There were class albums and annuals published before the first volume of The Wolverine made its appearance in 1900, but it was this annual that set precedent for what the Michigan State Yearbook would become.  The University Archives has class albums dating back to 1877, but the early albums merely contain photographs of seniors, faculty, and a few campus photographs.  There were three issues of The Harrow produced, but while these were filled with textual information, there were no photographs.

The Class of 1901, who produced The Wolverine of 1900, made it their goal to produce a literary annual, not merely a handbook of classes, clubs, and athletics.  To make this annual different, the editors added photographs throughout the volume and published detailed articles about societies and organizations.  Also featured in the Wolverine are poems and other contributions from both students and faculty.  The editors dedicated this first Wolverine to Robert Clark Kedzie, who was professor of chemistry and well-liked by both faculty and students.

The literary style of the annual stuck, as did the name Wolverine, and the tradition of the yearbook continued using both formats for many years.  It is important to remember that at the time the first Wolverine was published that there was not the athletic rivalry between Michigan State and the University of Michigan that exists today.  Michigan State, or Michigan Agricultural College, as it was known in those days, did not have an official football team until 1896.  At that time, most of the athletic teams were known as the Aggies.  The Spartans nickname did not come about until 1925.

While Michigan State still produces a yearbook today, the name is no longer the Wolverine.  In 1976 the first issue of the Red Cedar Log appeared.  Editors of that yearbook conceded that the University of Michigan’s football team held a stronger claim to the name.  Red Cedar Log was a title that editors felt was more appropriate and identifiable to Michigan State University.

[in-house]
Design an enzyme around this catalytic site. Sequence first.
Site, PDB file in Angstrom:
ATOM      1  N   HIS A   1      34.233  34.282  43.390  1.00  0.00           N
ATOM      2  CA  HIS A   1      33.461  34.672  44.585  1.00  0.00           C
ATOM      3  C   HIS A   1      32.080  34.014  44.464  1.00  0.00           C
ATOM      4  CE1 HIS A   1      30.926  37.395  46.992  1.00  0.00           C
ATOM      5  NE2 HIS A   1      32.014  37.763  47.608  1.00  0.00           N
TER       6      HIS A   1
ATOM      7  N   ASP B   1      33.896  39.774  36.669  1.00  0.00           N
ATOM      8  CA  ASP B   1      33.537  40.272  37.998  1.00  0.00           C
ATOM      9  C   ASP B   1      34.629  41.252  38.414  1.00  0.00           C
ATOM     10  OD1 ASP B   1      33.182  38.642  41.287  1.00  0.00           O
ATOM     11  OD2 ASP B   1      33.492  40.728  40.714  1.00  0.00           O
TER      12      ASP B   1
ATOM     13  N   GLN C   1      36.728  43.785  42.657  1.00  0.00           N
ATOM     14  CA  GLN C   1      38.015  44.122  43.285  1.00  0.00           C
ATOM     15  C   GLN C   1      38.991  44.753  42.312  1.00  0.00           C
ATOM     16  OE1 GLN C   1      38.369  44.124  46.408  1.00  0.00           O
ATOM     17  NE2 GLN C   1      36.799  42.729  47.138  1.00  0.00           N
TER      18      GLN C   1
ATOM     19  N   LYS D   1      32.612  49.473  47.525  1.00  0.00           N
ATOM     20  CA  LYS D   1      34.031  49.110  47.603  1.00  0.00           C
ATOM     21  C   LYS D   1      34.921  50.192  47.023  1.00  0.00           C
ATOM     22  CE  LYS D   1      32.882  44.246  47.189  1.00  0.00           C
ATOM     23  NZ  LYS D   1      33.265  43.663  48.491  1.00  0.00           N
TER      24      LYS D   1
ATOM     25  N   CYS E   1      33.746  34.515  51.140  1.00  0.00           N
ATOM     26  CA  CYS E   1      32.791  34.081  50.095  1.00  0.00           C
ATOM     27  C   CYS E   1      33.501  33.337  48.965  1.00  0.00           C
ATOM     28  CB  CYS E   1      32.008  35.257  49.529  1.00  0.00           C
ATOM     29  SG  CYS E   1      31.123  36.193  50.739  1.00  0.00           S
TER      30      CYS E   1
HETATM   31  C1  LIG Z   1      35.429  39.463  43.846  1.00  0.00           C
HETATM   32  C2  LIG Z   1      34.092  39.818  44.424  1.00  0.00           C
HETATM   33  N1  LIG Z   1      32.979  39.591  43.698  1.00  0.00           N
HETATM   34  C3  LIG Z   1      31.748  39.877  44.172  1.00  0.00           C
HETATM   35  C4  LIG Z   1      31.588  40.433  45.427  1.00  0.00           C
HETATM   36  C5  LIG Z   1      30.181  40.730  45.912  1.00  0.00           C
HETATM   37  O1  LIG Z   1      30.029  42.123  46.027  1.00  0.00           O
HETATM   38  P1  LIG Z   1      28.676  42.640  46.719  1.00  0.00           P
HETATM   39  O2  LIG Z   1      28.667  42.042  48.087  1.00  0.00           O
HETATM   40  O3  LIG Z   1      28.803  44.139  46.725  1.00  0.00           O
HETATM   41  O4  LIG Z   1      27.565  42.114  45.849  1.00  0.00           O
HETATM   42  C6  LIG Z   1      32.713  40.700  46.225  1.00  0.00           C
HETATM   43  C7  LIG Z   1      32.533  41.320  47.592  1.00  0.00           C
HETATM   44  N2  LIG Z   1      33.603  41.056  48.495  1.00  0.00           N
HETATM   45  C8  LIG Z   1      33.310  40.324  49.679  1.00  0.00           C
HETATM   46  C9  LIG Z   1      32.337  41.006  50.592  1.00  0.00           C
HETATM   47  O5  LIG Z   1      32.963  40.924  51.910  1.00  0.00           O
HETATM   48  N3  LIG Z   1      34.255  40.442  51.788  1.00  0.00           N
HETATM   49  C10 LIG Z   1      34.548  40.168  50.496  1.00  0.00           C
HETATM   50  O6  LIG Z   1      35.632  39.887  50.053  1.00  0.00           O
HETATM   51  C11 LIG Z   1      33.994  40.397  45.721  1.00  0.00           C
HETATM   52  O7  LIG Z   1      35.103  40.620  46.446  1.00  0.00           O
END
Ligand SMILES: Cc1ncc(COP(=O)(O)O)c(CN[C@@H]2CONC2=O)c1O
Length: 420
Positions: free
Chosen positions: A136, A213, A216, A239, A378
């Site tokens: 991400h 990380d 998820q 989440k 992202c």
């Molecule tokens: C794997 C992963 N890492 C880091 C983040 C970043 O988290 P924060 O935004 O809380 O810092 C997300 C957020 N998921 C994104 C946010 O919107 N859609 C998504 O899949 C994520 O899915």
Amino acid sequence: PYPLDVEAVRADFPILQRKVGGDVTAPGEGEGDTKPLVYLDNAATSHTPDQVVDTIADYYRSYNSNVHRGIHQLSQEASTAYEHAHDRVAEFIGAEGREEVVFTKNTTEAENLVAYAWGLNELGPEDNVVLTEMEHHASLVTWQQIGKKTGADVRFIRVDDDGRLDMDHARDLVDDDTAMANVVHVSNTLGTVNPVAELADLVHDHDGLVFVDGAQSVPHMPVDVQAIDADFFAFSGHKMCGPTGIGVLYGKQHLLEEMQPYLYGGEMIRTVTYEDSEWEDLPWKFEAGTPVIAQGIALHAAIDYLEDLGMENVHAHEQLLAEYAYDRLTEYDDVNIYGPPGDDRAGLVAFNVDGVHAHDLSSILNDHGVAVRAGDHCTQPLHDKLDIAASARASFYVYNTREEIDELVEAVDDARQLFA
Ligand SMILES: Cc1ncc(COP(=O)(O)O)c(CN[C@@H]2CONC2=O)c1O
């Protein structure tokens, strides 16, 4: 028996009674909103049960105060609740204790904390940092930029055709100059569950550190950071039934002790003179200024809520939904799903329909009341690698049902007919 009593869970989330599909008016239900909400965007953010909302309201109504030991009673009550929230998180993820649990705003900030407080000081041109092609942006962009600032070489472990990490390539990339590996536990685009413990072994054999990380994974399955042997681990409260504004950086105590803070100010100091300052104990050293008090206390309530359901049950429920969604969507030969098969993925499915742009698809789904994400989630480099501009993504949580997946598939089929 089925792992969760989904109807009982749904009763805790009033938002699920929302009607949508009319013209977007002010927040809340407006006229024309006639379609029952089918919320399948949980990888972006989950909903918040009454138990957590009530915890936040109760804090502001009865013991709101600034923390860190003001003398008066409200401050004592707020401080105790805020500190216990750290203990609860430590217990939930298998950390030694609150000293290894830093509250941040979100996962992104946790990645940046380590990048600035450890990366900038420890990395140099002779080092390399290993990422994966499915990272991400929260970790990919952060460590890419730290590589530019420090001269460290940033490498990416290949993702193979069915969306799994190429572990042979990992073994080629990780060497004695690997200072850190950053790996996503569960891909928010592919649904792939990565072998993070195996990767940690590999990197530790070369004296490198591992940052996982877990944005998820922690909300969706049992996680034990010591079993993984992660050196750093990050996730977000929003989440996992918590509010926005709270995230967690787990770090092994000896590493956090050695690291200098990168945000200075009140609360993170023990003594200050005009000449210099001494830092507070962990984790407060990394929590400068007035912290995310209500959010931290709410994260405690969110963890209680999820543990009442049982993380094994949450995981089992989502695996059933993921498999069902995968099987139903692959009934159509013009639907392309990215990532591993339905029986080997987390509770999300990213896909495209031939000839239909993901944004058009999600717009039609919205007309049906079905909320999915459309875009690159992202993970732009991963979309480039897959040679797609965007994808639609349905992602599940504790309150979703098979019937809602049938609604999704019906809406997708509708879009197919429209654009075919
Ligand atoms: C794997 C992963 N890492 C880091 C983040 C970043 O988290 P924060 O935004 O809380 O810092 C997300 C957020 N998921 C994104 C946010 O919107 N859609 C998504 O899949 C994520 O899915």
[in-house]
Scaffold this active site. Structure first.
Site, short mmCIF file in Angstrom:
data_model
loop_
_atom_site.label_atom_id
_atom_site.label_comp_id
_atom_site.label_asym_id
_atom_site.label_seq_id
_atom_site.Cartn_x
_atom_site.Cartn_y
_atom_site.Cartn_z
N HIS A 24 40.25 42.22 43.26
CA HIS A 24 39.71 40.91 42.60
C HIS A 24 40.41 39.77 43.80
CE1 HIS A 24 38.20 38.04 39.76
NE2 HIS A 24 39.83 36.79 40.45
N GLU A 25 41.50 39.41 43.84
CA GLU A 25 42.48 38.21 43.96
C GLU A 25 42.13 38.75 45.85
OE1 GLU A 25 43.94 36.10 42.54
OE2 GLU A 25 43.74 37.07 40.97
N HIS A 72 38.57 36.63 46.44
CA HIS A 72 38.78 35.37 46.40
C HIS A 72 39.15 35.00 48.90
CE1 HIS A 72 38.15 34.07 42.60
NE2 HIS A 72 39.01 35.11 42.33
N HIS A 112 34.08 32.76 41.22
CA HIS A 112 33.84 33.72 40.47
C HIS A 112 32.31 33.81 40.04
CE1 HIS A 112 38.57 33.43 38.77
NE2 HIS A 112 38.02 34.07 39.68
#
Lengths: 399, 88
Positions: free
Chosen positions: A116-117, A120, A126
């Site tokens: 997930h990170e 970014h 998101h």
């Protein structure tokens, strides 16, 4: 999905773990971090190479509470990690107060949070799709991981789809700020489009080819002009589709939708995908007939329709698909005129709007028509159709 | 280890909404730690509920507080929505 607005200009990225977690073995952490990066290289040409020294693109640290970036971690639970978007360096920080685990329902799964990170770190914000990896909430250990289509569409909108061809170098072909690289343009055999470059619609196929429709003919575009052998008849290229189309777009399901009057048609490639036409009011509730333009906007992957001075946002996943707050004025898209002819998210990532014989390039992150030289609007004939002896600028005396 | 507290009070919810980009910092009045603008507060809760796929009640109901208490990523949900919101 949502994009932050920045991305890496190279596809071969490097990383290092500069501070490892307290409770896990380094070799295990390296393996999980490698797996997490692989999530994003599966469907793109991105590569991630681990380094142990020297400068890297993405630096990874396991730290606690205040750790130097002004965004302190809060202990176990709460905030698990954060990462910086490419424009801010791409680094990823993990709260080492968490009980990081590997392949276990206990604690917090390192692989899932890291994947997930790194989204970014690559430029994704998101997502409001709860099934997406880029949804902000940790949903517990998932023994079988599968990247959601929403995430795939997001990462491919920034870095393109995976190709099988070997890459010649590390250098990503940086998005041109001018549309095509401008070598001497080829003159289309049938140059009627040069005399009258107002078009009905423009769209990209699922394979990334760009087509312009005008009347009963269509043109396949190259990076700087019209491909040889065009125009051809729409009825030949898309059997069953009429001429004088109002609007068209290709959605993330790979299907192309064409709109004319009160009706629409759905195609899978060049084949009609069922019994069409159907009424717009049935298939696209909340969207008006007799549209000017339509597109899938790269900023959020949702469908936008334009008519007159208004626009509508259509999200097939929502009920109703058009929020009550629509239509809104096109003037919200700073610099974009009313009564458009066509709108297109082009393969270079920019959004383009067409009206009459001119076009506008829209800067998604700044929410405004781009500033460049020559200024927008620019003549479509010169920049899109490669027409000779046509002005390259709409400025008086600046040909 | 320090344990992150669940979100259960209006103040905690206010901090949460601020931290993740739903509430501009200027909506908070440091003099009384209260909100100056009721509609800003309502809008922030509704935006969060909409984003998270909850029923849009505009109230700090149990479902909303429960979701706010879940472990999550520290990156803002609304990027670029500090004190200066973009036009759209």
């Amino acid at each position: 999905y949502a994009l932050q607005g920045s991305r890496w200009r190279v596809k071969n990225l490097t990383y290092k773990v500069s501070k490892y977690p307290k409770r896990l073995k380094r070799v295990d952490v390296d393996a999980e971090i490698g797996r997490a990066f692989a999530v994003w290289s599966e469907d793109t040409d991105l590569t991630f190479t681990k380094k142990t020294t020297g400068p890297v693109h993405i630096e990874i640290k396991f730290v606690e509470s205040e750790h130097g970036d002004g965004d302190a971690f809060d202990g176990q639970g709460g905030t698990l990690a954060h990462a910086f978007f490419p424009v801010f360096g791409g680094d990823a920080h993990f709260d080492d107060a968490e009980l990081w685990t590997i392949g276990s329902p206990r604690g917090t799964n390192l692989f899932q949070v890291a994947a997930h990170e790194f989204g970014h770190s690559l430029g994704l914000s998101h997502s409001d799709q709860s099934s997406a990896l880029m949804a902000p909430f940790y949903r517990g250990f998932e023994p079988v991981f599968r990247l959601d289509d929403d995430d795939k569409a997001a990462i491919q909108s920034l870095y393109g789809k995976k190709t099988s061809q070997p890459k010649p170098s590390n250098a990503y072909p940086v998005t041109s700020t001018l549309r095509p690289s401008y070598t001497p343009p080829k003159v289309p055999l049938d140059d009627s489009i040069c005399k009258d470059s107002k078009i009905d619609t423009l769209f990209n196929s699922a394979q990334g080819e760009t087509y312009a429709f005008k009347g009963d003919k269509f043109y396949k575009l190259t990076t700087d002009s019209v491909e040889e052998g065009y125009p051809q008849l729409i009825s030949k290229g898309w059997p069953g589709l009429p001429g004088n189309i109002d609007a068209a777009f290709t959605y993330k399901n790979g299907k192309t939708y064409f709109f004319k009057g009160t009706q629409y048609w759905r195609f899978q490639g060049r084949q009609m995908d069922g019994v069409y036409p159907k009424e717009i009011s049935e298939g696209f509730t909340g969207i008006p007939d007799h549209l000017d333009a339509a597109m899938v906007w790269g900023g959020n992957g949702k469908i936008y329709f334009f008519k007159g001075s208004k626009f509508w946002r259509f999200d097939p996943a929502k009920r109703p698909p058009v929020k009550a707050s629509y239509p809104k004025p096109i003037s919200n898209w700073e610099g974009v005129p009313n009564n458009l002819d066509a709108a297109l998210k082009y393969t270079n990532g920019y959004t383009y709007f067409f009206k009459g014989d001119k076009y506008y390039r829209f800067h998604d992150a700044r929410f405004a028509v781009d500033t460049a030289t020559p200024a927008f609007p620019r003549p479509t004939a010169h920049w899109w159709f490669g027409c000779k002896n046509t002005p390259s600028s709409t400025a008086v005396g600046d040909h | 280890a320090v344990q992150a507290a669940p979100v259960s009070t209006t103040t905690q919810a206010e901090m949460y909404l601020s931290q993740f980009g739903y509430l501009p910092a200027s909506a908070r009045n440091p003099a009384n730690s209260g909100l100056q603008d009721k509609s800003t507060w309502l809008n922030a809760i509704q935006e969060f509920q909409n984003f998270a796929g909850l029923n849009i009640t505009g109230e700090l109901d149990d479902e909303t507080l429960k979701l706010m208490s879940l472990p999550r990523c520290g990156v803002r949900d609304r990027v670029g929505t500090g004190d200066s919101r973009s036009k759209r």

Names of Michigan State University Yearbooks:

Harrow:  1887, 1888, 1889

Heliostat: 1896

Wolverine: 1900

Gluck Auf: 1904

Jubilee Wolverine: 1907 (This was the year of the college’s Semi-Centennial celebration)

Wolverine:  1910-1975

Red Cedar Log:  1976-present

Tour Recap: January 2010

21 01 2010

A small crowd gathered at the University Archives on Tuesday, January 19 for a lunchtime tour.  During the 35 minute session, the visitors were shown the reading room, staff area, processing area, stacks, and movable storage.  Some of the collection highlights on display included blueprints from College Hall, the first building completed on campus; a ledger from the John Harvey Kellogg collection; campus scrapbooks;  early campus maps; and the letter written to William Beal from naturalist Charles Darwin.

During the tour, the visitors learned the about commonly asked questions at the University Archives.  The two  types of photographs that are most often requested are athletics and University buildings.   They also met the unofficial mascot of the University Archives, Belle Sarcastic, a cow owned by Michigan Agricultural College.  In 1897 she became the world’s record holder for producing 23,190 pounds of milk and 722 pounds of fat in a single year.  She held this record for 11 years.  Another mascot of the University Archives is Sarcastic Lad, the son of Belle Sarcastic.  He was the grand champion at the 1903 St. Louis Exposition.  Though they are not often asked about, the staff at the University Archives take every opportunity to fill in people about our two mascots.

The most commonly asked question at the University Archives is asked by people who know about the rivalry between MSU and the University of Michigan.  They question they always ask is, “Why was our (MSU’s) yearbook called the Wolverine?”

Any guesses?  Send in your thoughts and comments about how the Michigan State University yearbook came to be called the Wolverine.  We will post the answer later this spring.

Visitors view campus maps

Records Archivist Whitney Miller shows some of the large campus maps in the University Archives.